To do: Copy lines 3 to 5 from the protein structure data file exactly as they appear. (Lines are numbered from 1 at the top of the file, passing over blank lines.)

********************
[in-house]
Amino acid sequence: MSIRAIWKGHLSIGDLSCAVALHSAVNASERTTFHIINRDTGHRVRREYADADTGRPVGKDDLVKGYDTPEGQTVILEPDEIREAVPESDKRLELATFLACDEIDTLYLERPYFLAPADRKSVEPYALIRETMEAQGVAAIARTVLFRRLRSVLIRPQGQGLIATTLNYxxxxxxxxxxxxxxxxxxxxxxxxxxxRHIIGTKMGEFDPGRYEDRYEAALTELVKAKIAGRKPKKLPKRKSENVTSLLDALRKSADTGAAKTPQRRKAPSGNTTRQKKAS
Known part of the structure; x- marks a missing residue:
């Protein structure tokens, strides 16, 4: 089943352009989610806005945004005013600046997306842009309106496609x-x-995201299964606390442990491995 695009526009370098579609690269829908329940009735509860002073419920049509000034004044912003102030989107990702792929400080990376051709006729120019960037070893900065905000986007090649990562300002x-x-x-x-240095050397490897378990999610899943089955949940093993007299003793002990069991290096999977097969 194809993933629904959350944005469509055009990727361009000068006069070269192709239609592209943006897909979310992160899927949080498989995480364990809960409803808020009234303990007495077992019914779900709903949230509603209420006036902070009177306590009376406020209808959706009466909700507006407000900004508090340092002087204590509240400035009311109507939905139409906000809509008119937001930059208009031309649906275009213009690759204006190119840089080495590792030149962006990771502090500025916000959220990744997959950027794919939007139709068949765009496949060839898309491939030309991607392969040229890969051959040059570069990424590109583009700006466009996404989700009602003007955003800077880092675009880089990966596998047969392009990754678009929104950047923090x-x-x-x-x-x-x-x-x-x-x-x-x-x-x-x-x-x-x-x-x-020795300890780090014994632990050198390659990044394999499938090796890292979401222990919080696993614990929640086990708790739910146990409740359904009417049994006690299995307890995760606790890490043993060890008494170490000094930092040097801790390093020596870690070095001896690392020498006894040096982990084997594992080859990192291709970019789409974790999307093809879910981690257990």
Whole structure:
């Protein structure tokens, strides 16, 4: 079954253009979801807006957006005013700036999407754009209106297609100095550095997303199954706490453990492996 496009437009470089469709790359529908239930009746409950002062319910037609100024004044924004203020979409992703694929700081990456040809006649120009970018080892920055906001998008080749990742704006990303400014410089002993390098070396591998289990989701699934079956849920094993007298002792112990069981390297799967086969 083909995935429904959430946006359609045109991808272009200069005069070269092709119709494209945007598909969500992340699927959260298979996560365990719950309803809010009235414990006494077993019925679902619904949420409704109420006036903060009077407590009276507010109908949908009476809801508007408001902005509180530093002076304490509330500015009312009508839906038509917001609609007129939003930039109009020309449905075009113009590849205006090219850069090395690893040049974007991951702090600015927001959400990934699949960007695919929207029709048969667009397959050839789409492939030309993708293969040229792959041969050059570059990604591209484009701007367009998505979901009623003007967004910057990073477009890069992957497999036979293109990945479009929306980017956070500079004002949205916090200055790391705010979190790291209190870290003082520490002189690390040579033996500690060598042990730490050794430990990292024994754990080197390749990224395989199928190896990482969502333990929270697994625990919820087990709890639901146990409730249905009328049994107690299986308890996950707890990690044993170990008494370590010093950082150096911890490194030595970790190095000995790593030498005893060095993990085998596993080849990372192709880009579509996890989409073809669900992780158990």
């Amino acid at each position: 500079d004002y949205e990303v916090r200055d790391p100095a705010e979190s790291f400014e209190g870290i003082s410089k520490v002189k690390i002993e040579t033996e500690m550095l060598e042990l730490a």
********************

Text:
Known part of the structure; x- marks a missing residue:
């Protein structure tokens, strides 16, 4: 089943352009989610806005945004005013600046997306842009309106496609x-x-995201299964606390442990491995 695009526009370098579609690269829908329940009735509860002073419920049509000034004044912003102030989107990702792929400080990376051709006729120019960037070893900065905000986007090649990562300002x-x-x-x-240095050397490897378990999610899943089955949940093993007299003793002990069991290096999977097969 194809993933629904959350944005469509055009990727361009000068006069070269192709239609592209943006897909979310992160899927949080498989995480364990809960409803808020009234303990007495077992019914779900709903949230509603209420006036902070009177306590009376406020209808959706009466909700507006407000900004508090340092002087204590509240400035009311109507939905139409906000809509008119937001930059208009031309649906275009213009690759204006190119840089080495590792030149962006990771502090500025916000959220990744997959950027794919939007139709068949765009496949060839898309491939030309991607392969040229890969051959040059570069990424590109583009700006466009996404989700009602003007955003800077880092675009880089990966596998047969392009990754678009929104950047923090x-x-x-x-x-x-x-x-x-x-x-x-x-x-x-x-x-x-x-x-x-020795300890780090014994632990050198390659990044394999499938090796890292979401222990919080696993614990929640086990708790739910146990409740359904009417049994006690299995307890995760606790890490043993060890008494170490000094930092040097801790390093020596870690070095001896690392020498006894040096982990084997594992080859990192291709970019789409974790999307093809879910981690257990």
Whole structure: